Jane adds “When Carl Jung talks about the confrontation with the unconscious in his book Memories, Dreams and Reflections, he discusses the importance of these two worlds and tapping into the world of symbolism. Instead of always thinking our way around things, why not tap into the invisible world of energy that is surrounding us? I find it has never failed me when I have used it. I believe dogs work in a similar fashion. Murphy doesn’t think, he senses. Just watching him lets me know the symbolism behind actions in any given situation. It takes me to a place of sensing rather than thinking. He always brings me into the present moment and a world unfolds that is not connected to my thinking at all. When you use your sense/intuition, you can discover all the answers you need right at that moment.”
Jane asks Bernie to tell her his most moving story of when a dog picked up something intuitively. He recalls hearing a story about a man whose father’s dog never left his father’s side when he was very sick. The dog refused to leave the room for anything other than going to the bathroom – they even had to feed him in the bedroom. One day the man came in to the house and saw the dog in the kitchen, and he knew that his father was better. Sure enough, when he walked down the hall, he found that was the case.
Bernie jokes “When someone is in a coma and their family comes in, they go deeper into the coma. But when you bring their dog in, they wake up.” The underlying reason for all this, he explains, is that when you pet a dog, your oxytocin and serotonin levels go up. Those are the bonding hormones. Anyone who has a dog knows – you take the dog for a walk and everyone wants to come pet it.
Jane and Bernie share stories of their dogs transforming a group’s energy in surprising ways. Jane’s is about a murder-suicide case she was called in on with Murphy. There must have been 25 people in the house, all in a circle. The rug was in the middle, in an open space, with everyone around it crying and distraught. Murphy looked at her with an expression that said “What the heck do you want me to do here?“ He normally goes around and sniffs everyone’s breath to sense their emotional state, but there was just too much grief there. So he went in to the middle of the room and just sat there. Everyone was so absorbed in their grief no one paid attention to him. Suddenly, he farted, which he never does, and then looked around at his rear as if to say “Who did that?” “Everyone burst out laughing.” Jane says. “You could feel the room lighten right up.”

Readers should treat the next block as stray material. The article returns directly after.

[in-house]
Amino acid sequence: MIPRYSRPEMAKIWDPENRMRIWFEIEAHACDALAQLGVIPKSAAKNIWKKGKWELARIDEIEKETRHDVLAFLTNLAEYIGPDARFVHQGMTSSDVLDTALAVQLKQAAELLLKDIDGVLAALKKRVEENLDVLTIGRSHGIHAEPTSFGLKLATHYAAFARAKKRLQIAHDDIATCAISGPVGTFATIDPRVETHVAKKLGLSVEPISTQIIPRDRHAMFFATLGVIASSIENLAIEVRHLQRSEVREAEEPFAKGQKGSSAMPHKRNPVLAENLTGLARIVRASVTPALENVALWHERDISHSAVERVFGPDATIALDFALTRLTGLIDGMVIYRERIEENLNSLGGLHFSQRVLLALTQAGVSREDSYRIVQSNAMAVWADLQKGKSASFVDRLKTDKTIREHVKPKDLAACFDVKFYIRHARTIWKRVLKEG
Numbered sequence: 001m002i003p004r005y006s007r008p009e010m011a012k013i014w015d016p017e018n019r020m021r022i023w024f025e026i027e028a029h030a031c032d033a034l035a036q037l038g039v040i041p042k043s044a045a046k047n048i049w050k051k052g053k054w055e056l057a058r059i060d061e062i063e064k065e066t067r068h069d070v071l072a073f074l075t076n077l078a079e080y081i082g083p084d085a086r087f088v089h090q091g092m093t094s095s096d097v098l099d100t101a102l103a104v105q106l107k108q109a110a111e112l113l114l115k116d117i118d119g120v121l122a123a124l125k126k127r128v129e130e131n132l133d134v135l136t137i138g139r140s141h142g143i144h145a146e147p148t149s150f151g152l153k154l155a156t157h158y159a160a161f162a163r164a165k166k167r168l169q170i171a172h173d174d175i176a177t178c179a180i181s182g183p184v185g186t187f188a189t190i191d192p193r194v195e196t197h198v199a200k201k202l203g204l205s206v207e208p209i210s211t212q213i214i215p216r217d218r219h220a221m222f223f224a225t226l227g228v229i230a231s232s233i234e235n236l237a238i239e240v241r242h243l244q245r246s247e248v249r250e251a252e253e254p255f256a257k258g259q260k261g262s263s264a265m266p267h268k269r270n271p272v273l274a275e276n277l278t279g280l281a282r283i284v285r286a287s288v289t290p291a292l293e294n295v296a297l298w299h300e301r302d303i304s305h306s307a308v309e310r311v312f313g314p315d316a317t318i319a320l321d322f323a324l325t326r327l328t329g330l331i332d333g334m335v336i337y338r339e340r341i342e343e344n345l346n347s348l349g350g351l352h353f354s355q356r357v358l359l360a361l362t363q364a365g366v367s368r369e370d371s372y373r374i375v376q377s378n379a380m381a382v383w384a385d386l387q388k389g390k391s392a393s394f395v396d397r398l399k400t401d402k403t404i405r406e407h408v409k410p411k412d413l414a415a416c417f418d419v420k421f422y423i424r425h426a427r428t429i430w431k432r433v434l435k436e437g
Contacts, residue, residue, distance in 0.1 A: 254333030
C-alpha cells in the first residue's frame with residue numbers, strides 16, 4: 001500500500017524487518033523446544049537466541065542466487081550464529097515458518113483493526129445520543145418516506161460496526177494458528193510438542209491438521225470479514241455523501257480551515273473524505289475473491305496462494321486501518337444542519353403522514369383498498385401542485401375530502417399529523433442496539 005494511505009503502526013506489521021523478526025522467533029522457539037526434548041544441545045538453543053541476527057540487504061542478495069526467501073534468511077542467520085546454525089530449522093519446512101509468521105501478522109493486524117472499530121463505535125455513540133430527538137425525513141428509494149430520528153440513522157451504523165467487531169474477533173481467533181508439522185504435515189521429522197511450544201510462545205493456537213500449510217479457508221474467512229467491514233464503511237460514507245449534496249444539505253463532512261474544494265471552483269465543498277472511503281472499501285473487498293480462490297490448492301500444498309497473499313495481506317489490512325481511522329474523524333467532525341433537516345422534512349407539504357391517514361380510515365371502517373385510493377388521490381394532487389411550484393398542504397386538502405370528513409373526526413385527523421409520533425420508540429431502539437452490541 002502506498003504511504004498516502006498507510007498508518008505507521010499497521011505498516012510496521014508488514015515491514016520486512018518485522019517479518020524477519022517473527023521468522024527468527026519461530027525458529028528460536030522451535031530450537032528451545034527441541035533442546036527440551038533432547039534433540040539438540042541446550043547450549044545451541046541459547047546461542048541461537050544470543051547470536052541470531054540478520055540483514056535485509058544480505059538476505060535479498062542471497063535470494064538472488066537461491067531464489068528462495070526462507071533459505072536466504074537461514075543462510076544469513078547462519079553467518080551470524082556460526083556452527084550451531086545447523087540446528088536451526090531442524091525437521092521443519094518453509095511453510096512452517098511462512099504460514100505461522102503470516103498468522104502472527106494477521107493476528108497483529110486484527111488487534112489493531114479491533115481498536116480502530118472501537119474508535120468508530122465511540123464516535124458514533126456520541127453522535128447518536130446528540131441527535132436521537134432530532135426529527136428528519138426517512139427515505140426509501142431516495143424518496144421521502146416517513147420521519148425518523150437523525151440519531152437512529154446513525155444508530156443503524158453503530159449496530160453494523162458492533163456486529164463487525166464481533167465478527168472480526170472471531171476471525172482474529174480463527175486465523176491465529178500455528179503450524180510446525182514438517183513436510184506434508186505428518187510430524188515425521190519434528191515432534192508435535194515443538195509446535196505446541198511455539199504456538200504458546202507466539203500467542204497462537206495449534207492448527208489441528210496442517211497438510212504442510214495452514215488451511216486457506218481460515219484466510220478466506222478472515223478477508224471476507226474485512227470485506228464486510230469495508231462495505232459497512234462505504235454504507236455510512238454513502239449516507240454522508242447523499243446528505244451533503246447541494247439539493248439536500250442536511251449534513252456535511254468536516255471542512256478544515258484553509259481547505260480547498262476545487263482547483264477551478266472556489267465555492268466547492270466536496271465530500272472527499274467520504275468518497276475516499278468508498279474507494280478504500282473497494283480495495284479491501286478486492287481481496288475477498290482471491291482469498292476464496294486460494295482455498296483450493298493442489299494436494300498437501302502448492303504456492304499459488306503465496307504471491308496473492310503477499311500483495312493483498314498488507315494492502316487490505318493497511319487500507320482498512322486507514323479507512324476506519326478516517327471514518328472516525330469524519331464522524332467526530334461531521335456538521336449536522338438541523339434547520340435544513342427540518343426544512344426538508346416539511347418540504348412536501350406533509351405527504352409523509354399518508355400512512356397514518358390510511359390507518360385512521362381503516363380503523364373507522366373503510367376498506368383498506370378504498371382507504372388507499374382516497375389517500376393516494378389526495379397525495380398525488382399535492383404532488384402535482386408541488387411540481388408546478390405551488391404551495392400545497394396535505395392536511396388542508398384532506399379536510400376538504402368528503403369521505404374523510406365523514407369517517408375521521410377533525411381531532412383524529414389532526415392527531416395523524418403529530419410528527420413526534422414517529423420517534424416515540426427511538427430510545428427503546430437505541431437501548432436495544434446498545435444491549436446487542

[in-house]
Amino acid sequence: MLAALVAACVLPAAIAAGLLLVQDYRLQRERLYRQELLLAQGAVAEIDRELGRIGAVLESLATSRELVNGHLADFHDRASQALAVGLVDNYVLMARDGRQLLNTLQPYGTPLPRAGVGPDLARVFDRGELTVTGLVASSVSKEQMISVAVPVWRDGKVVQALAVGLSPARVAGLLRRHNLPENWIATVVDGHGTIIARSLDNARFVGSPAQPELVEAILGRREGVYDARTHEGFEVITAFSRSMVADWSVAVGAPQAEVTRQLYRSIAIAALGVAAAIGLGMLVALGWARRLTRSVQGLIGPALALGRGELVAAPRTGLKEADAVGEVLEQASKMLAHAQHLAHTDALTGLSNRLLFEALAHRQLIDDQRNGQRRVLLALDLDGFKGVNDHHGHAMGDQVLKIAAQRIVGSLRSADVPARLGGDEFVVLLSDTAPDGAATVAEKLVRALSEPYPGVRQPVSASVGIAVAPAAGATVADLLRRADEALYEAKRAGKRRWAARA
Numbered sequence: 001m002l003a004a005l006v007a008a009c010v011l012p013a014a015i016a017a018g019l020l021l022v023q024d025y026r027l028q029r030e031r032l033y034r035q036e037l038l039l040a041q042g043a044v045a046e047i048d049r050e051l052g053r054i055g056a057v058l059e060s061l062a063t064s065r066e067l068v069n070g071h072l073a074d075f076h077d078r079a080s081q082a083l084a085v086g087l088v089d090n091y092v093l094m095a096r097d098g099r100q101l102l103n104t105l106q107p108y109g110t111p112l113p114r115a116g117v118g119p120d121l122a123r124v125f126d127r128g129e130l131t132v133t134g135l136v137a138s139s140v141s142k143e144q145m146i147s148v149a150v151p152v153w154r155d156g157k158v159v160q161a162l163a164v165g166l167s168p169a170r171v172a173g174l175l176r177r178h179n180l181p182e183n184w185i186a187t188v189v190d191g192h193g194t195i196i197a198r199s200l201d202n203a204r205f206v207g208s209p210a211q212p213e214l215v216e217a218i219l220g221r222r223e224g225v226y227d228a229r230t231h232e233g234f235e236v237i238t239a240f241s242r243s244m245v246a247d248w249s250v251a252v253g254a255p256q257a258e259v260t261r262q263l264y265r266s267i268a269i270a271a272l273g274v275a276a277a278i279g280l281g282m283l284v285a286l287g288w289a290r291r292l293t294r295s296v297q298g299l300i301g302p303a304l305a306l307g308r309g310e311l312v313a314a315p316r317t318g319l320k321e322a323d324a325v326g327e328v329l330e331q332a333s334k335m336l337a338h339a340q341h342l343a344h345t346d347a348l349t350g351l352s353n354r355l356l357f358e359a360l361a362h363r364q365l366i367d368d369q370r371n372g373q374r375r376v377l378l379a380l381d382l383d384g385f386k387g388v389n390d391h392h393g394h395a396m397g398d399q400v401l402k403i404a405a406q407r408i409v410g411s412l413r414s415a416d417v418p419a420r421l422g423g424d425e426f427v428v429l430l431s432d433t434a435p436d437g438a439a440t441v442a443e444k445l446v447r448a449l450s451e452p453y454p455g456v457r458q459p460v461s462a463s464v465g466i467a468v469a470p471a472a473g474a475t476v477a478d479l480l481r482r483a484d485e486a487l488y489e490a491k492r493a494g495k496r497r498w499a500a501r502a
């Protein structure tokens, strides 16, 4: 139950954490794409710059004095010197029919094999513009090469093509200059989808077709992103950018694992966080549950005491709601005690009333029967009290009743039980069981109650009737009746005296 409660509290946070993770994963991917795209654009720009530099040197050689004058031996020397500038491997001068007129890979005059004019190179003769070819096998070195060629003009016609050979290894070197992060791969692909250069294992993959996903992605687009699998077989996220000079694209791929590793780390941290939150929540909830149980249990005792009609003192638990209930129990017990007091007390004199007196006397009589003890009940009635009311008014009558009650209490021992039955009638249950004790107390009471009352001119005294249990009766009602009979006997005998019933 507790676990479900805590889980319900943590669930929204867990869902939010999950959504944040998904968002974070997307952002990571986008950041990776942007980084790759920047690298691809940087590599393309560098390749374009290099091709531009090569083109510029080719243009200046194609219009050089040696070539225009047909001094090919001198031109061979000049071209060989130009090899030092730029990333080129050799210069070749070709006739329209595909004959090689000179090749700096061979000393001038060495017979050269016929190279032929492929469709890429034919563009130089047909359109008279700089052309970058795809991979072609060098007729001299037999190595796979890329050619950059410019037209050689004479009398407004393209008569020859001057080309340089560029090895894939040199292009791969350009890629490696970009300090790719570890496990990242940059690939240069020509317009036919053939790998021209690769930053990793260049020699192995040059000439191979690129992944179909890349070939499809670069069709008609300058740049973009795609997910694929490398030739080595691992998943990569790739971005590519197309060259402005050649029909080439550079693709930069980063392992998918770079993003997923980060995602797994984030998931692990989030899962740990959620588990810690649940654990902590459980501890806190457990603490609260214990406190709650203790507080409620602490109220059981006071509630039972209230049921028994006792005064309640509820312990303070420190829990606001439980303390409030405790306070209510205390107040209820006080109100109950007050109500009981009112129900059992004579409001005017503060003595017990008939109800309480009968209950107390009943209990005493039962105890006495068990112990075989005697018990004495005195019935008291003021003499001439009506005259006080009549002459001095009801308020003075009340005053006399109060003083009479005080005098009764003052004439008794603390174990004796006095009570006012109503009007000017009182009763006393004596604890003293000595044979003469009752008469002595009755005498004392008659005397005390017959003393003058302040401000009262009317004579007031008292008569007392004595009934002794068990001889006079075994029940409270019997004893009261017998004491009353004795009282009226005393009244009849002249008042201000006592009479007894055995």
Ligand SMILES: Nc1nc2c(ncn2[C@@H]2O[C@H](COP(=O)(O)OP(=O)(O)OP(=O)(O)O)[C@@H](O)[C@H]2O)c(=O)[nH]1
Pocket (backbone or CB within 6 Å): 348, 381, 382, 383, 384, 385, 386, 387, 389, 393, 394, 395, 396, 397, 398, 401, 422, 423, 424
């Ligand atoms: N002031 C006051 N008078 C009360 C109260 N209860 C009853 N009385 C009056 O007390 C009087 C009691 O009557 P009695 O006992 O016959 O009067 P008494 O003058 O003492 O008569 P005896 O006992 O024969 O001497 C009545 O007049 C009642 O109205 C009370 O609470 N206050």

Bernie counters with a similar story about his Furphy, who snores when he sleeps. He brought the dog with him to a cancer workshop, where one member entered late. The man told the group a horrible story about his life and his cancer. Suddenly, a loud snoring sound was heard. “The man got livid,” Bernie says, laughing. “What the hell is the matter with you people? I’m telling you about my life and you’re falling asleep! And everyone in the room burst out laughing, pointing under the chair to where Furphy is sleeping. That was the best thing that happened to that guy in the whole workshop!”
The afternoon flies by with endless stories, jokes, laughter and shared understandings. Jane confesses to Bernie that her life goal is to normalize death in our society so people don’t have to feel so afraid of it, can experience a “healthy” grief response and can accept it as a natural part of life. Bernie tells her that he was fortunate to experience that acceptance at an early age when he almost choked to death and died, and realized that it wasn’t scary to him. Using his usual humor, he sums it all up with a favorite Woody Allen story: “Two guys were talking about life. One was depressed and the other one says to him, what are you doing Saturday night? And the depressed guy says “I’m committing suicide.” So his friend says “Well, then, what are you doing Friday night?” – cha
By Melissa Roberts Weidman, Spring 2008
Melissa Roberts Weidman is a Cape-based writer and musician who works as Director of Communications for Hospice & Palliative Care of Cape Cod. She plays bass and sings in the rocking blues band “Is We Ain’t” and the jazzy blues duo “Flipside”, as well as writes a regular local music column.
Editor’s note of thanks to Bernie Siegel for partnering with CHA Magazine to bring his wisdom, wit and humor to Cape Cod for the 2008 Cape & Islands Wellness Expo. A portion of the proceeds from Bernie’s keynote address will help to support the Kids Grieve Too® program.